Not knowing the cause of a disease makes healing the disease difficult. This is the problem the Church is facing with tepid Catholics, those not going to Church for one reason or another. The number of Catholics going to Mass on any one Sunday is about 1/4 of the total; the number of tepid Catholics is slightly more at 27.6 percent. Present signs indicate that this will continue to increase. What has happened in the West will likely be the future of the Korean Church.
The Future Pastoral Institute, with the Peace Weekly and Peace Broadcasting, is studying the situation and interviewing those who have left the Church to determine what steps are necessary to get them to return. Although it's not easy to pinpoint the reasons for leaving, many of the responses put work and study (too busy) in first place, followed by doubts of faith, lack of knowledge, personal interests, and family problems.
These responses can be summarized as the difficulties of life, the culture of postmodernism, the personal scars incurred as a result of unfortunate experiences with religion, and the obligations of being a Catholic.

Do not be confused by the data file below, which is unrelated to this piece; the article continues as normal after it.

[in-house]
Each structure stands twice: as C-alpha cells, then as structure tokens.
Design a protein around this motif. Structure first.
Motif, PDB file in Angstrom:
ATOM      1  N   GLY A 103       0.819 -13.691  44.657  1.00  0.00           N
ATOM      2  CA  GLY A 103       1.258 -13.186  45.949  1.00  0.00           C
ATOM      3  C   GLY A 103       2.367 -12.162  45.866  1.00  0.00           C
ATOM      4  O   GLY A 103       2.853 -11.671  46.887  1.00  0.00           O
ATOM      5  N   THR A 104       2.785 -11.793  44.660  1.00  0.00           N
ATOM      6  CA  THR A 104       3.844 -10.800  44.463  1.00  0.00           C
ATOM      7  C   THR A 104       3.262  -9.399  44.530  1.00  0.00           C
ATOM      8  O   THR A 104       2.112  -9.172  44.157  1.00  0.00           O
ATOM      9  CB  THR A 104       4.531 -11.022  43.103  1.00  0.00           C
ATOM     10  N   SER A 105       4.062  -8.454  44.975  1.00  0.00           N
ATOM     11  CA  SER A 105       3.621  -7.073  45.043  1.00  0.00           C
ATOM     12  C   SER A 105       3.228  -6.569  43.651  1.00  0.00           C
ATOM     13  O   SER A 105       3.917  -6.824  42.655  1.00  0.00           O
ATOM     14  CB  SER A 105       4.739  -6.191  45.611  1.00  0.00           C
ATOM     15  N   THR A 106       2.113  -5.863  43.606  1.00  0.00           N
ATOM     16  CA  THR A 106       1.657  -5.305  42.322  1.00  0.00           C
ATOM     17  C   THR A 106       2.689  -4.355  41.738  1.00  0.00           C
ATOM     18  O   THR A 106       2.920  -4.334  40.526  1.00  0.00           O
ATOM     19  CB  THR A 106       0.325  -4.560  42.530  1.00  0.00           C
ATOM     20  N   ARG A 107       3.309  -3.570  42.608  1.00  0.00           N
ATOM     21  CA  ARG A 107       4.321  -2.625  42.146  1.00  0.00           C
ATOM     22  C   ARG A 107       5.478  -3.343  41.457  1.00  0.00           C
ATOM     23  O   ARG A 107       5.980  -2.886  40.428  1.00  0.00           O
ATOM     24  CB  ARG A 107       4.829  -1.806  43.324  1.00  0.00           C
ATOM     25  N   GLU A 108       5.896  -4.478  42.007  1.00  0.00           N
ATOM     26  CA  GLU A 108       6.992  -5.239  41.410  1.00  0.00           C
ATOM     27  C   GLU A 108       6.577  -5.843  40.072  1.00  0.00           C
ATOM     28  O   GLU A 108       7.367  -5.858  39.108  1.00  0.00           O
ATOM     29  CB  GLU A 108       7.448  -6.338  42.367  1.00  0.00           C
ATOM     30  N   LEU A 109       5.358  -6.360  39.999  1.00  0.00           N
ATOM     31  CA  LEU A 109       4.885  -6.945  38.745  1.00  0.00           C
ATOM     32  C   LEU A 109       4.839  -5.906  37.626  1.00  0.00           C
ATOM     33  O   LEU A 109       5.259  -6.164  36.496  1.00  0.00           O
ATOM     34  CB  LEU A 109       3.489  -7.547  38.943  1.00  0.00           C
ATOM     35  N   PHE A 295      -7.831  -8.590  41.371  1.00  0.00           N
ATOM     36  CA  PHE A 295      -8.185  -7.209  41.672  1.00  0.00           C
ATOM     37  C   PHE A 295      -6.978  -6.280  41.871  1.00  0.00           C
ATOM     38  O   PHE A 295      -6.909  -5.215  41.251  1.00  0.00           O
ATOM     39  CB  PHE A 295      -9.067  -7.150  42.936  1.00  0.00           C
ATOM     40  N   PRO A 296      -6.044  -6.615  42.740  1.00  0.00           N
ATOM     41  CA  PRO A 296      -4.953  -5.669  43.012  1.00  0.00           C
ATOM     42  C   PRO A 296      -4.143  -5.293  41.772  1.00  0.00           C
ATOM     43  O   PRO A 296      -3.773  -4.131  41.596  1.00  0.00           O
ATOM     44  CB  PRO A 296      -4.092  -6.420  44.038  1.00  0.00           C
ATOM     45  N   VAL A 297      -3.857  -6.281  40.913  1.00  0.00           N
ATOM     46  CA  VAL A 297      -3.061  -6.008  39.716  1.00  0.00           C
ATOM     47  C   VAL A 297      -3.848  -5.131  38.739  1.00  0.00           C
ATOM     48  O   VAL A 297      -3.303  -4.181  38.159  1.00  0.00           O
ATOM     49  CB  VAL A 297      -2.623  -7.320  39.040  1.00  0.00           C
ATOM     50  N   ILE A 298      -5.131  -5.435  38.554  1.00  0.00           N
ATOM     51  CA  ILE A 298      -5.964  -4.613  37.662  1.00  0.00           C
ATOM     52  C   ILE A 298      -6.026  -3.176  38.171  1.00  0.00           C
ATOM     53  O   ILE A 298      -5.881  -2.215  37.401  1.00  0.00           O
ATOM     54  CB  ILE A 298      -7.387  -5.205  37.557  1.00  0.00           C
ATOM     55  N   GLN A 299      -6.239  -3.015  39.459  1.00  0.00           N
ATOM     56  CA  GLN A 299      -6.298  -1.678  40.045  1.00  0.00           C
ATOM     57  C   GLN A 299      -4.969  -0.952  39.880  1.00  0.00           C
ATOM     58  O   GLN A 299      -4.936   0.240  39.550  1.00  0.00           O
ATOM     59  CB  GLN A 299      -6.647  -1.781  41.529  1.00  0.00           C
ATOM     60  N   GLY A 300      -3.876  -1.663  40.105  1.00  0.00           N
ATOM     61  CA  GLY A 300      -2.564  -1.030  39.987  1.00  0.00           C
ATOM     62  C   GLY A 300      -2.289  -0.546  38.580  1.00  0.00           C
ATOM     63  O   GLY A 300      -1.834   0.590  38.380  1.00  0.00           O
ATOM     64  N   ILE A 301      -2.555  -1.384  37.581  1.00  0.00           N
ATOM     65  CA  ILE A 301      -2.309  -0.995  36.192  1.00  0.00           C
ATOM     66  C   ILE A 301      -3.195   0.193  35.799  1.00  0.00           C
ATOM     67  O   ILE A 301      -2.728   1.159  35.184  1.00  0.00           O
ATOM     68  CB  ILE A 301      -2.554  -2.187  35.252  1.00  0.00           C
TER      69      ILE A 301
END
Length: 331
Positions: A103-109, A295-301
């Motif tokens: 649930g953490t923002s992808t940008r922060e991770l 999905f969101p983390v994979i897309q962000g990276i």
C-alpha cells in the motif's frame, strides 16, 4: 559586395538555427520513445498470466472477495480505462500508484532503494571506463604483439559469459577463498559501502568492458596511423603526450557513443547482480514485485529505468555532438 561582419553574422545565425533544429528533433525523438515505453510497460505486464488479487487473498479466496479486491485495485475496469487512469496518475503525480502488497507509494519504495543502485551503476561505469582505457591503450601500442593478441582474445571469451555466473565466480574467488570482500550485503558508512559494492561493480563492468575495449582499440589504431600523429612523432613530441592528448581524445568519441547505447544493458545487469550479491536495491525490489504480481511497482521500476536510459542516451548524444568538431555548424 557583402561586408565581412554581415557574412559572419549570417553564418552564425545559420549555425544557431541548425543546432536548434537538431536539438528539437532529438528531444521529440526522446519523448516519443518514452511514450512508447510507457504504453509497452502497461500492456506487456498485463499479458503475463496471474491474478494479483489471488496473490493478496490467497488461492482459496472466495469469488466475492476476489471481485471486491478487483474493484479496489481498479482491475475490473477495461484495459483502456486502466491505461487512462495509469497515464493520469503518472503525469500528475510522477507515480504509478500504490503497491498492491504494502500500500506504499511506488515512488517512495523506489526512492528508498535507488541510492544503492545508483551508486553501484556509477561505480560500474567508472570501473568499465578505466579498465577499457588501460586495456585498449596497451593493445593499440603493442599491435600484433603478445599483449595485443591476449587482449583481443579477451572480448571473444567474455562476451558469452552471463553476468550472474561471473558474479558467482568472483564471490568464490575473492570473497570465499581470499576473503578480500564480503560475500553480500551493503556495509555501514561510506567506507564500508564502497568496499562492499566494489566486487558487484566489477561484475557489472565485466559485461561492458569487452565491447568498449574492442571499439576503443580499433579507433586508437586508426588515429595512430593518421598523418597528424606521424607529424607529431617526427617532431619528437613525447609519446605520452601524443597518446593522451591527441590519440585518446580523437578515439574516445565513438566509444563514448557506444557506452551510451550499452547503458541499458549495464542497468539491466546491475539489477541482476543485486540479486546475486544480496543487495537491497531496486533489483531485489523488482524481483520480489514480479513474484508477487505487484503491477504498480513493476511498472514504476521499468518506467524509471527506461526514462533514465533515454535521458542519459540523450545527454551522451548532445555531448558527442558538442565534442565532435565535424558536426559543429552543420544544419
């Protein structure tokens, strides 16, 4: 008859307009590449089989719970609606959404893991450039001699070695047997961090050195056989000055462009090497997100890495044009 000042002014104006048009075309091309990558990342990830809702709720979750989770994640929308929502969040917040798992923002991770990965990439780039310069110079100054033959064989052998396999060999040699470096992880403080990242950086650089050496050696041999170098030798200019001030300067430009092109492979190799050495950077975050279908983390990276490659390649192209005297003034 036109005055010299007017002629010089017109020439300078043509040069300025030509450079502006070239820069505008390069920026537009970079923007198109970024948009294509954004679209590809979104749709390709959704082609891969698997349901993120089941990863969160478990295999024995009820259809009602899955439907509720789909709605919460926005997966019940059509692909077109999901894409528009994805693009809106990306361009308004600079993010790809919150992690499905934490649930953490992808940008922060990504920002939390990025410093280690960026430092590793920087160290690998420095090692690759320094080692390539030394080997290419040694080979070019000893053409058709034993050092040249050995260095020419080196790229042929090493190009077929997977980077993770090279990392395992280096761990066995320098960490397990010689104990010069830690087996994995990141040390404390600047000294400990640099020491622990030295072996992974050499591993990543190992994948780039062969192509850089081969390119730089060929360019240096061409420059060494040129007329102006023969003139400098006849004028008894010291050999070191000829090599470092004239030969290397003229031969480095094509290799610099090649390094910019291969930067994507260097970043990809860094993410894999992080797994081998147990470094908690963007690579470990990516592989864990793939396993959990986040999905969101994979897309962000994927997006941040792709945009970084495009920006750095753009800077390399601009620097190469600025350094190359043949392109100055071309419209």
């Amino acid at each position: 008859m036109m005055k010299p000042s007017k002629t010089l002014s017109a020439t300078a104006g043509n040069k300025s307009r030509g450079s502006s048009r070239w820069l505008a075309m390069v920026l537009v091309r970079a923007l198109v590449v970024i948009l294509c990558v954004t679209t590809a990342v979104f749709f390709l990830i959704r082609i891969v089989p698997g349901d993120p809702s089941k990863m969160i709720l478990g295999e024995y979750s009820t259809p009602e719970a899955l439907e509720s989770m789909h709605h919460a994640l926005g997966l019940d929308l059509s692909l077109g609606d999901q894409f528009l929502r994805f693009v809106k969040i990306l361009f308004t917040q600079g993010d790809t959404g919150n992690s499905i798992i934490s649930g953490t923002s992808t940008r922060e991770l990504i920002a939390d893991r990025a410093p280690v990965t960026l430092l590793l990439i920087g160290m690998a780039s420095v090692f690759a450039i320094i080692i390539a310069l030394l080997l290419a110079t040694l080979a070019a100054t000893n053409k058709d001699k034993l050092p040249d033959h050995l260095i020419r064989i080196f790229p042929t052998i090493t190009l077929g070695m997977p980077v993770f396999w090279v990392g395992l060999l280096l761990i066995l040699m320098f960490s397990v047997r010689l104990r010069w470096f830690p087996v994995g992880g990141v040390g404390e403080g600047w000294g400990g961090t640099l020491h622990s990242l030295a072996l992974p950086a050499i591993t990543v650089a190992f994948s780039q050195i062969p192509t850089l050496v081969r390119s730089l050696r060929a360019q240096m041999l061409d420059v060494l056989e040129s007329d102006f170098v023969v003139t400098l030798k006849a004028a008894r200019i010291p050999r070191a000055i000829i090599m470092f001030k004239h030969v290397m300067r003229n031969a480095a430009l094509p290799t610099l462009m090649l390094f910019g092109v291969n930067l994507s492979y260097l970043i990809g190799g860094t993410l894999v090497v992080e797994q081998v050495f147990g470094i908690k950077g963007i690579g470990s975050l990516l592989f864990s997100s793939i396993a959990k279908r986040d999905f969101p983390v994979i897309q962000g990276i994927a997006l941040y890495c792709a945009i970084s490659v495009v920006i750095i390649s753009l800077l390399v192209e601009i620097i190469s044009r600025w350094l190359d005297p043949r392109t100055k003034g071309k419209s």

The Pastoral Institute believes that healing the scars of those who have left the Church would help half of them to return. Until recently, we looked for ways of convincing the tepid to return, but times have changed. Instead of telling them what they are missing, we need to listen more carefully to their concerns. If the scars they received from the Catholics are in such a prominent place, efforts to teach our Christians how to listen to their stories and to sympathize and understand their situation would see many returning to the Church.
Even though the surveys show that individual problems are the prime reason for leaving the Church, the organization of the Church and the way the parish is run are not without influence in contributing to the problem. Both have to be considered in the attempt to decrease the numbers of tepid in the Korean Church.
The reasons they became Catholics in the first place did not fulfil the needs of the person. If some became Catholic hoping to find happiness and did not find it, then it is not difficult to see why they are still searching for the happiness they expected to find in the Church, and did not.